How Important is My Credit Score to Getting a Car Loan?

Your credit score has a major impact on the interest rate you pay for your car loan. MAJOR!  There are many online tools that give your rates based upon your credit score, but before you even begin to shop let’s dig into just how important that three digit number is to your ability to get an auto loan.

The credit score predicts credit risk and for most scoring systems a high score indicates lower risk.  As such, the interest rate will be lower.  On the other hand, a low score indicates higher risk and you would pay higher interest rates, or be denied straight out.  Those with lower scores will have to pay more to get financing.

I’ll use a car loan financed for $25,000 over 48 months and examples of credit scores with a range of 300 to 850.  For a score of 750, at an interest rate of 4.8% the monthly payment is $573.  For a score of 650, at an interest rate of 11.7%, the monthly payment is $655.  The payment is $82 more a month for the same car at a 100-point score difference at more than twice the interest rate. The total interested paid is $6,440 or $3,936 more than the amount paid by the 750 score.

Here are the examples:

Score                         APR                Monthly payment      Total Paid      Interest Paid

750                           4.8%                         $573                           $27,504         $2.504

650                           11.7%                        $655                           $31,440         $6,440

550                          18.6%                        $742                           $35,616         $10,616

It is difficult to get a car loan at a score below 640. Scores below this will be considered “subprime” and you’ll keel over when you see that an auto loan rate can get to 20%.  Using the same car for $25,000 over 48 months at a subprime score of 550, the monthly payment would be $742 at an interest rate of 18.6%.  You would pay $31,440 for a $25,000 car or $10,616 in interest.  That is outrageous.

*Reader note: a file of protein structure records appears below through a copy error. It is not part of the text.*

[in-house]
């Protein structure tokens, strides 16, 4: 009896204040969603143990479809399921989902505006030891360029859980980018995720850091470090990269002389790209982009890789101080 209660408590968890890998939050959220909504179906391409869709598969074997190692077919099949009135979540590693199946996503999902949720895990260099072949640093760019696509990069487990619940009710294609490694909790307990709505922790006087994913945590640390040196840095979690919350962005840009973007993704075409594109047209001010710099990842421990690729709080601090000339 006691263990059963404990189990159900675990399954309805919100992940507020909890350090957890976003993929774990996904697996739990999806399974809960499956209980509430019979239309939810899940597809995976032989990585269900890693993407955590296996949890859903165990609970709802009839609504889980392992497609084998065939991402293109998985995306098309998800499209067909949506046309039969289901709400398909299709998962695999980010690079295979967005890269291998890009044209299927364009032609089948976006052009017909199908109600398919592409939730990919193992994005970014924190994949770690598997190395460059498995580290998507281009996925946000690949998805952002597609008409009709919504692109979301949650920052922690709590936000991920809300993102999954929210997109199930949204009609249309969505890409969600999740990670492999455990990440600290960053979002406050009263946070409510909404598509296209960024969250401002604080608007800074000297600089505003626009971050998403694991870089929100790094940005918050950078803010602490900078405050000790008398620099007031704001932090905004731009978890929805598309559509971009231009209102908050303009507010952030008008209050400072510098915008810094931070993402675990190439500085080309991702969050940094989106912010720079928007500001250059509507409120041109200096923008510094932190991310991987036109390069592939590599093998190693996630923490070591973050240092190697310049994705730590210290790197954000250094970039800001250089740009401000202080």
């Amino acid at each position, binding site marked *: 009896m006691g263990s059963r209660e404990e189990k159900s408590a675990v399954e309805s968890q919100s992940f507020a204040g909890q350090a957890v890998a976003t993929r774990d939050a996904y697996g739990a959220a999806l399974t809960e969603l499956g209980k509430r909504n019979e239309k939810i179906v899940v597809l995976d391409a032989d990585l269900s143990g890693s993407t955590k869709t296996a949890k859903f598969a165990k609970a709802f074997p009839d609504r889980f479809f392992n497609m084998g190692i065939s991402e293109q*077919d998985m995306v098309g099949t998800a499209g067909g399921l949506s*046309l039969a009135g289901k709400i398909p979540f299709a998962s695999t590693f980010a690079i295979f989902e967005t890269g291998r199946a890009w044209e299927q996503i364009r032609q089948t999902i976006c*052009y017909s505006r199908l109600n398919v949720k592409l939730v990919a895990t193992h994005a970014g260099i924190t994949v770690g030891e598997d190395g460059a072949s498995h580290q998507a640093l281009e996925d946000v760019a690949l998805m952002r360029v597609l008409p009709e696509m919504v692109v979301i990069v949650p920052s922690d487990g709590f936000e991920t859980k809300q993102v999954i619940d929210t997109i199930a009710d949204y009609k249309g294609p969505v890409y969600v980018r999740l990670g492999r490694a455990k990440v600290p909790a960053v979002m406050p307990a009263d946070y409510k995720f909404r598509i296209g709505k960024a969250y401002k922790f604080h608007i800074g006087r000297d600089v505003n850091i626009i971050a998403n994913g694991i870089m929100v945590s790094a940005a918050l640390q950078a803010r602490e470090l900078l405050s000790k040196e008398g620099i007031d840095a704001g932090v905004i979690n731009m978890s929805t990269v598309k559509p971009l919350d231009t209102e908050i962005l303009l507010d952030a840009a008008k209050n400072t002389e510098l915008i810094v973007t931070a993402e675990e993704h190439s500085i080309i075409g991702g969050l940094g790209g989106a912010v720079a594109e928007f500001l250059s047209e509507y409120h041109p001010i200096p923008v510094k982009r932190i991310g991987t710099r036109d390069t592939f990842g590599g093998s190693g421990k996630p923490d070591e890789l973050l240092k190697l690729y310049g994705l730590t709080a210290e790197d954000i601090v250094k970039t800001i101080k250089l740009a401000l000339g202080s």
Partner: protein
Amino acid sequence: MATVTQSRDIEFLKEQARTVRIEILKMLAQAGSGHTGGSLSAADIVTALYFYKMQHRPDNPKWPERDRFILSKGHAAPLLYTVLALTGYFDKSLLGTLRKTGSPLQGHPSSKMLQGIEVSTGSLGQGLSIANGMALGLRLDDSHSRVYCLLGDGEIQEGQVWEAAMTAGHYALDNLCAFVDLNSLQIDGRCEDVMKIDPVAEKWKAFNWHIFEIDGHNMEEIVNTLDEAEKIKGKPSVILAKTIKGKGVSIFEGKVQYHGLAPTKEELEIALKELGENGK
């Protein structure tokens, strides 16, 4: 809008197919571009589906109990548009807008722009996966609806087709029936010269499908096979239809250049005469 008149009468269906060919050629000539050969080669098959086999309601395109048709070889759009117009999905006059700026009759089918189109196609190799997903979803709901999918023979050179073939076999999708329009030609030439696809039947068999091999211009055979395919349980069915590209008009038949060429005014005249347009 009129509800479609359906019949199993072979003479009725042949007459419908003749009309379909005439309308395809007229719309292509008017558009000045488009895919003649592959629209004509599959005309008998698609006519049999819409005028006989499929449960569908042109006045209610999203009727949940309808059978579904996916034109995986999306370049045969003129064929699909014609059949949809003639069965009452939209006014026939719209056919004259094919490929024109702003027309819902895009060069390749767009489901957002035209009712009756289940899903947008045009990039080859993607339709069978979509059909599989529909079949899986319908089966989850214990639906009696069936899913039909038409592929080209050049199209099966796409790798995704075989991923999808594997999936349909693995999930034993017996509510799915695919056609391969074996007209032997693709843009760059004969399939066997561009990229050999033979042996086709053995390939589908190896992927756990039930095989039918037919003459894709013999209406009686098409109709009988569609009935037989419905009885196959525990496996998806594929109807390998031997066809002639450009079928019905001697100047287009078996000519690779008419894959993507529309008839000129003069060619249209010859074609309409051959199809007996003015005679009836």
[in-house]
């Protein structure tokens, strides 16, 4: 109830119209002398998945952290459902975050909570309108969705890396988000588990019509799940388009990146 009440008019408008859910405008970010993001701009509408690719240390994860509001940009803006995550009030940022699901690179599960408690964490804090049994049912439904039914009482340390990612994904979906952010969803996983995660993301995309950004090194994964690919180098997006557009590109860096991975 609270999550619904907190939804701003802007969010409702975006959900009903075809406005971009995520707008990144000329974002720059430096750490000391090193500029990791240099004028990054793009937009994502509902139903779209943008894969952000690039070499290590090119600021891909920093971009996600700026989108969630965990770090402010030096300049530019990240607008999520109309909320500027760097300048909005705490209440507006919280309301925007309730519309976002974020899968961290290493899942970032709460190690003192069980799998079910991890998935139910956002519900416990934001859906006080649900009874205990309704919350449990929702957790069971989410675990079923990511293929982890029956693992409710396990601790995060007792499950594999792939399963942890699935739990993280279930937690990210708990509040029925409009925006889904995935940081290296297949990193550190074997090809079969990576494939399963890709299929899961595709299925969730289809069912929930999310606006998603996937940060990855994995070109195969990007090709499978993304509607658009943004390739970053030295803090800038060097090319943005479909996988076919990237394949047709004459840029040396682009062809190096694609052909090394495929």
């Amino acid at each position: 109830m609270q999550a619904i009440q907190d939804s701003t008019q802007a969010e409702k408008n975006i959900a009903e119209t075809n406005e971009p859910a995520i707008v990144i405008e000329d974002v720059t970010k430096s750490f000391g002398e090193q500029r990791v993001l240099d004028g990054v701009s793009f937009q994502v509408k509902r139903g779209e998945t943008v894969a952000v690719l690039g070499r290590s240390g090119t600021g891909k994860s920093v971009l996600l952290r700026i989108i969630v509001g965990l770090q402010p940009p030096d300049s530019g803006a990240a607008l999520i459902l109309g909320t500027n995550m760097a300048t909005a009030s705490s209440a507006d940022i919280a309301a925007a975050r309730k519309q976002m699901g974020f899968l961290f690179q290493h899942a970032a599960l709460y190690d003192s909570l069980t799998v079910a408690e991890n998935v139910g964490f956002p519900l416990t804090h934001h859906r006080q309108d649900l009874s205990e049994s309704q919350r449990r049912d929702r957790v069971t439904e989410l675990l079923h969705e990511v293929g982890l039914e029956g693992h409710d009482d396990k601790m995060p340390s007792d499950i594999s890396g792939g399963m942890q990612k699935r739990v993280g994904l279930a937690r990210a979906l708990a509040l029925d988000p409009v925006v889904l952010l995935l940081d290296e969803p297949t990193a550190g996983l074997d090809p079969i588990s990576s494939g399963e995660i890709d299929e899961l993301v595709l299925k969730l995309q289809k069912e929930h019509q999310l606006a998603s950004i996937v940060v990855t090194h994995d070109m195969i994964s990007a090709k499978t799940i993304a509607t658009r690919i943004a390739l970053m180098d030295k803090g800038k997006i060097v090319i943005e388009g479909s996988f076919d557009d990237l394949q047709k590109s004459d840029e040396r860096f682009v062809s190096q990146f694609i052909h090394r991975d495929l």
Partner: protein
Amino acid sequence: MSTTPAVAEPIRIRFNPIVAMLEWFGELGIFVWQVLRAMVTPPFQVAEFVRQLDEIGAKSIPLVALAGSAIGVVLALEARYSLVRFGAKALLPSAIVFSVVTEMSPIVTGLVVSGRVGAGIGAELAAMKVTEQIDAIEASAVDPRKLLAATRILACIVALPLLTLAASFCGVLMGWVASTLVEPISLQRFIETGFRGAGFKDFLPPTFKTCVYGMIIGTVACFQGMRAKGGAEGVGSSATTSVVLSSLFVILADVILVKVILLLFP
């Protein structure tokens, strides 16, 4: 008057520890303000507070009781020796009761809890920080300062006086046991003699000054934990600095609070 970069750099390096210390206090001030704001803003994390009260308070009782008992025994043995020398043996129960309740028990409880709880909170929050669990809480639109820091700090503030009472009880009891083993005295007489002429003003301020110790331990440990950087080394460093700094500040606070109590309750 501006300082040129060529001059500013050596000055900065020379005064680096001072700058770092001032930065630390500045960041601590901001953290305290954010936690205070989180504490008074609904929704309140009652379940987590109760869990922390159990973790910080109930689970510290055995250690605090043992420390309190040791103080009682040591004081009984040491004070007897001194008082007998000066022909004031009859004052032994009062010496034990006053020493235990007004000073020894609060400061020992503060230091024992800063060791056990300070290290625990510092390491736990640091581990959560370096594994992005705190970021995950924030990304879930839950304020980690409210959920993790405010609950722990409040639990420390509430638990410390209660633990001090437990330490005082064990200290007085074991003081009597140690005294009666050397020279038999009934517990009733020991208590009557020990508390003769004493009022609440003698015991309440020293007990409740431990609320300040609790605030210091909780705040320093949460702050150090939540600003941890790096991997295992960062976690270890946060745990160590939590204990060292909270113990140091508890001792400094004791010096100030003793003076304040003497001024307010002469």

If your score is low, you will pay more in interest charges. If your score is very low, you may not be able to get a loan or at least not at a reasonable interest rate from a reputable company. To increase your score over time, you need to pay your bills on time consistently and don’t take on more debt.  It might not be the best time to take out a car loan if you can’t get competitive rates.

John Ulzheimer is the President of Consumer Education at, the credit blogger for, and a Contributor for the National Foundation for Credit Counseling.  He is an expert on credit reporting, credit scoring and identity theft. Formerly of FICO, Equifax and, John is the only recognized credit expert who actually comes from the credit industry.  Follow him on Twitter here.


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